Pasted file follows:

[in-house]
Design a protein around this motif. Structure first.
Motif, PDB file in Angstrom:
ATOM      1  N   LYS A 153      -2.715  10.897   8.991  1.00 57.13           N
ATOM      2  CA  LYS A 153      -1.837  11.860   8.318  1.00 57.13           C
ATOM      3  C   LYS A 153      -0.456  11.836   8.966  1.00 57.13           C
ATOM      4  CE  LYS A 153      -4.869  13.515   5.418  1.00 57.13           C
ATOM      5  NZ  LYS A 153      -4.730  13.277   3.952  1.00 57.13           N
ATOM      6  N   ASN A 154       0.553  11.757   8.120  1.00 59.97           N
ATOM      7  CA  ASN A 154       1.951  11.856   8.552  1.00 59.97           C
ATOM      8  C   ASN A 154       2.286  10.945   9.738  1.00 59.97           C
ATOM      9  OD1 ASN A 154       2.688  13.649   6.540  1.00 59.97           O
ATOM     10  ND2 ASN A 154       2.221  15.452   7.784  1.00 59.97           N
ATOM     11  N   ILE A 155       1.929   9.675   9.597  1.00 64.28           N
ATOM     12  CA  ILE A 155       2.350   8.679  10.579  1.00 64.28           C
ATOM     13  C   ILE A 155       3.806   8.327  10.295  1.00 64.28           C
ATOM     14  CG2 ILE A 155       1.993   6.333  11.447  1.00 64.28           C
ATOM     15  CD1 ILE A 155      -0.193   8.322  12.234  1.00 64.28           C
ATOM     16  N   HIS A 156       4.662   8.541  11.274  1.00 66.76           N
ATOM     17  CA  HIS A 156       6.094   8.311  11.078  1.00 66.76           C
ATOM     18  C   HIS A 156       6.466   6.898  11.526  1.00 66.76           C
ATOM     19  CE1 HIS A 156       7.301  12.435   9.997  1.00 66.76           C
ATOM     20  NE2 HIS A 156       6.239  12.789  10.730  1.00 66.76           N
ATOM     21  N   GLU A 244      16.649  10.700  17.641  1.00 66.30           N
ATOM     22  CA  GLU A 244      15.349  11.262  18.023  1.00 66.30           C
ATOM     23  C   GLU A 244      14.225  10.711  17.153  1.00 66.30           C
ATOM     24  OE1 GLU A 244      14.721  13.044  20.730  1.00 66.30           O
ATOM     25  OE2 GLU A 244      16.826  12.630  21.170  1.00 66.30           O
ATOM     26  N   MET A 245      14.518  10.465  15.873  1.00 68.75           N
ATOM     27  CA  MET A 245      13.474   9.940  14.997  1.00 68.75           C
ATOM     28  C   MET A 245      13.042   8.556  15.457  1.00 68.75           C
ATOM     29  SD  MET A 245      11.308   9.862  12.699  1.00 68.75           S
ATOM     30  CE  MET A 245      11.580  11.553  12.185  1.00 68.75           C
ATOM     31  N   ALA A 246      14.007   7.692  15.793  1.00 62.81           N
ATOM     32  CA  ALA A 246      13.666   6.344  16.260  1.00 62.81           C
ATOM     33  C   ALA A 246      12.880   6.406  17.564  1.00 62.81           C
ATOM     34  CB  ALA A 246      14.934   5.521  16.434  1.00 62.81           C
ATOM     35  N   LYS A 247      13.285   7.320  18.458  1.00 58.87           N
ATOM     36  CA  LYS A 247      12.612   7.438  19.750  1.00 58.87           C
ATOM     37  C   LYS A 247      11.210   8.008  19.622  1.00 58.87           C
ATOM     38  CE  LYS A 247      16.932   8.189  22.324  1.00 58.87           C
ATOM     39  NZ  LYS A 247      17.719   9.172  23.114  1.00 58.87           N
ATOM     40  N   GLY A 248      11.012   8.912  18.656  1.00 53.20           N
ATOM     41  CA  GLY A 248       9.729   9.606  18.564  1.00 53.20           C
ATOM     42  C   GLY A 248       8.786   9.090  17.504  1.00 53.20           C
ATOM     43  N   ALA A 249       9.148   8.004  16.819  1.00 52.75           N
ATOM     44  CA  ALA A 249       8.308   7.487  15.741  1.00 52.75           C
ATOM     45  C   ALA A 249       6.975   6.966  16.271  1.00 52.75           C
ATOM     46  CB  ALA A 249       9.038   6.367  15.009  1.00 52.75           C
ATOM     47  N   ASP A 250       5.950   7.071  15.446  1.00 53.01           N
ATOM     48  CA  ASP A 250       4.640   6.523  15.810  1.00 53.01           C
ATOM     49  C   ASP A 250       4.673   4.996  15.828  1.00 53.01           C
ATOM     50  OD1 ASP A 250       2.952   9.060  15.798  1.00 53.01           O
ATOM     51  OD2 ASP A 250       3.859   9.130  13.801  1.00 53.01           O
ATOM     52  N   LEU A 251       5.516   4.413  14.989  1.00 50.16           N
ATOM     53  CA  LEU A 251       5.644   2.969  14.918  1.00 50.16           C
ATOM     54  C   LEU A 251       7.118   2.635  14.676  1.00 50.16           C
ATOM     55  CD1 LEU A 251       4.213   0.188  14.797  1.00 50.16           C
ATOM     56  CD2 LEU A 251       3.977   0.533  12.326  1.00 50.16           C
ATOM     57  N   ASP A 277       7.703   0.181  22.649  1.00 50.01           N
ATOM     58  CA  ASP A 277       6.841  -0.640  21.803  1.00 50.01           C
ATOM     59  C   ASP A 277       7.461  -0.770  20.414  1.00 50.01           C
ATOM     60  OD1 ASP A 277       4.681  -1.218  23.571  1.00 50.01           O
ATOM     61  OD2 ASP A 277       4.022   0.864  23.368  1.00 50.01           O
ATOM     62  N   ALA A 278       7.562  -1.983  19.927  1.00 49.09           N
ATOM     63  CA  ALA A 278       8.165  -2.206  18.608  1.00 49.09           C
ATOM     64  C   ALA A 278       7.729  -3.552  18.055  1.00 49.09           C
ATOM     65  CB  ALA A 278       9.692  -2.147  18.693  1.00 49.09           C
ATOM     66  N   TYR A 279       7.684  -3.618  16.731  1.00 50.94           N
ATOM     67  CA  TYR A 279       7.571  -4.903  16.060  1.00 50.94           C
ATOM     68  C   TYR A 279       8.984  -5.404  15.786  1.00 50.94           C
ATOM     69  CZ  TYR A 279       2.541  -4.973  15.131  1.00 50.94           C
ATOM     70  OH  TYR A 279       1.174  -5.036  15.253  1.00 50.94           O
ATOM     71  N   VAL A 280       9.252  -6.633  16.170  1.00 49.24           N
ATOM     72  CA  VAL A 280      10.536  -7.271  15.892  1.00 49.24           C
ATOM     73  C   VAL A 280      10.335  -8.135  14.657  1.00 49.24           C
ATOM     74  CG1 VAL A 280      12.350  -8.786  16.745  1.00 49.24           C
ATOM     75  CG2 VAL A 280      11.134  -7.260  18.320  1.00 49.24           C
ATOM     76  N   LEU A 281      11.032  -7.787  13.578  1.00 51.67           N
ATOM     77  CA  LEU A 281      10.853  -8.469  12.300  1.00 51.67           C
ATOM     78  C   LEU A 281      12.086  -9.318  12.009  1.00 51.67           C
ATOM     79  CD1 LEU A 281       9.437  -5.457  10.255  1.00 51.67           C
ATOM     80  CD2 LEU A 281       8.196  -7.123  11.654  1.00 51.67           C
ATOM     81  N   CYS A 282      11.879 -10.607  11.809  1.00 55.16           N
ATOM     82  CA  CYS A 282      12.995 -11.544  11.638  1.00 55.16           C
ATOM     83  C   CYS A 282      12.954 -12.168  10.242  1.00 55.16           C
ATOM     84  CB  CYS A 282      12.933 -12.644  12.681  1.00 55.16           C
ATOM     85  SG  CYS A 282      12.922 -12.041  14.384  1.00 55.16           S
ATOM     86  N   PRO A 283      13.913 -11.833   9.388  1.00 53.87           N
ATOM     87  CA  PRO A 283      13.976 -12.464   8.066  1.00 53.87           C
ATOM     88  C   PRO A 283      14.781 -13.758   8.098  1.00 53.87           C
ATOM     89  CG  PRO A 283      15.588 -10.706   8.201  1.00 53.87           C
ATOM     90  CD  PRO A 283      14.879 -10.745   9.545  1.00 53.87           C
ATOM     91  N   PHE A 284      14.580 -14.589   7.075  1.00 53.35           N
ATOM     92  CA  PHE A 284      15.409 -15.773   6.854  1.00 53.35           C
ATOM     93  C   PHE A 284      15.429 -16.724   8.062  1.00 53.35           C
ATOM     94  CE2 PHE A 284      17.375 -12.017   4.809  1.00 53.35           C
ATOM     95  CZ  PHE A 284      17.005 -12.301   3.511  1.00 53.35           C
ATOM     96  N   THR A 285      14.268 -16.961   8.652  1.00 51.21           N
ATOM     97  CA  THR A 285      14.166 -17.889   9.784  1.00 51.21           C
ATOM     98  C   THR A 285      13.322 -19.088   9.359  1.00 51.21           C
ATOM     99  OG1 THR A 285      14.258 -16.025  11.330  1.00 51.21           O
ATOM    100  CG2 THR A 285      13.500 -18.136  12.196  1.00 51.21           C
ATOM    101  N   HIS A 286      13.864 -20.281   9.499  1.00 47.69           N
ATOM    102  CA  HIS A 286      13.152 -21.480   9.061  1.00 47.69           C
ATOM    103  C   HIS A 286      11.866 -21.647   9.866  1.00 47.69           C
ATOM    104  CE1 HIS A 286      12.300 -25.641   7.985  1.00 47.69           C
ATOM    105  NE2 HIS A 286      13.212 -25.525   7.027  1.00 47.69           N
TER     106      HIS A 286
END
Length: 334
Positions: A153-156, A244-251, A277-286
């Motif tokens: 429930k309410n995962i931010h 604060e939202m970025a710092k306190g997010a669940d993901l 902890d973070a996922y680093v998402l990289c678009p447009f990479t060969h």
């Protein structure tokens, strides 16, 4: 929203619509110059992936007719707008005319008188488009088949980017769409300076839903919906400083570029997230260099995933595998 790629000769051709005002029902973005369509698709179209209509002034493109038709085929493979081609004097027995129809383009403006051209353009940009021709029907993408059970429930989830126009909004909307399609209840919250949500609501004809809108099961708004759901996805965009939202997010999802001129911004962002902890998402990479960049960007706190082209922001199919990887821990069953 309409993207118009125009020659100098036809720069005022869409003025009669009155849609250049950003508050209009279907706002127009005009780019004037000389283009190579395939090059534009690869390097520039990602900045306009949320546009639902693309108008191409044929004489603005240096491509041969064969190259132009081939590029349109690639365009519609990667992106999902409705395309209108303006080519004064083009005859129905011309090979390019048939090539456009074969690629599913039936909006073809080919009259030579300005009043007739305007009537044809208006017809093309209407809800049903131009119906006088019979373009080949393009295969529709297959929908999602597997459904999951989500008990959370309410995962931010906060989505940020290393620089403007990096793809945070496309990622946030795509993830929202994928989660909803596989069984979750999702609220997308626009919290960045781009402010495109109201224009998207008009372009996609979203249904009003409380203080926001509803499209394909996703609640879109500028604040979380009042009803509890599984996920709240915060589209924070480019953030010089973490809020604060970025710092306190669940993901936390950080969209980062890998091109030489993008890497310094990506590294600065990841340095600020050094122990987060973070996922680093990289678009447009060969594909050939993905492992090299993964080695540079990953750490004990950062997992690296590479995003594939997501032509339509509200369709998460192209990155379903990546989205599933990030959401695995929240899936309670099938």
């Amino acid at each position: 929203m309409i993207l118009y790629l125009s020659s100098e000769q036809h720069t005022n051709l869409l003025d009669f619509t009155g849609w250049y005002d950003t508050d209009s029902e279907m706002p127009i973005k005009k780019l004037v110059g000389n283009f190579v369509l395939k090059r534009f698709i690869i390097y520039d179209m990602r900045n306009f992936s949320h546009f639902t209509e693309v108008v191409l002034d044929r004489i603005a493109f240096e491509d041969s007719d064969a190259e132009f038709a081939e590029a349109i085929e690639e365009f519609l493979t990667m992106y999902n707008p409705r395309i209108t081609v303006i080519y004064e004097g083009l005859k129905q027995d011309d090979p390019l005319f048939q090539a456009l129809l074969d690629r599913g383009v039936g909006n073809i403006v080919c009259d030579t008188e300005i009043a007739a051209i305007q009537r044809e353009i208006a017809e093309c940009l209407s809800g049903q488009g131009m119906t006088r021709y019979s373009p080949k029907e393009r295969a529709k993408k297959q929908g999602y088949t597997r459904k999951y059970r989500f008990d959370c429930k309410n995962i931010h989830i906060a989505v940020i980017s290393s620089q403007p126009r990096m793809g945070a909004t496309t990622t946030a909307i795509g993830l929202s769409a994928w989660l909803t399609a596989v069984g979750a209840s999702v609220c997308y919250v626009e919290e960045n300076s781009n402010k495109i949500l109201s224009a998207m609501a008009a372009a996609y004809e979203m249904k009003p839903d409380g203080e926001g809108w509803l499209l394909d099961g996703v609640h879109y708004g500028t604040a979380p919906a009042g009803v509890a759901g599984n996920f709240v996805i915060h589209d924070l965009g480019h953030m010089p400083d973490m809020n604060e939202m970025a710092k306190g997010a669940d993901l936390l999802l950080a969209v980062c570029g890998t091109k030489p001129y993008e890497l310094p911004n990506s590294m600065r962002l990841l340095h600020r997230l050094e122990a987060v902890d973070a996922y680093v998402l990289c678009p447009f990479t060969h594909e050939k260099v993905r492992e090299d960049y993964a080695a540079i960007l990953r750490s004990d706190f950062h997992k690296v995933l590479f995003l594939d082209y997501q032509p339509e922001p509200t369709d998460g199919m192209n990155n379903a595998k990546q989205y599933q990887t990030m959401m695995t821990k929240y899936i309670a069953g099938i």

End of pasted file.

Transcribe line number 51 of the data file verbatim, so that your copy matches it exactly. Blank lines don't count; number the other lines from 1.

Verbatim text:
ATOM     48  CA  ASP A 250       4.640   6.523  15.810  1.00 53.01           C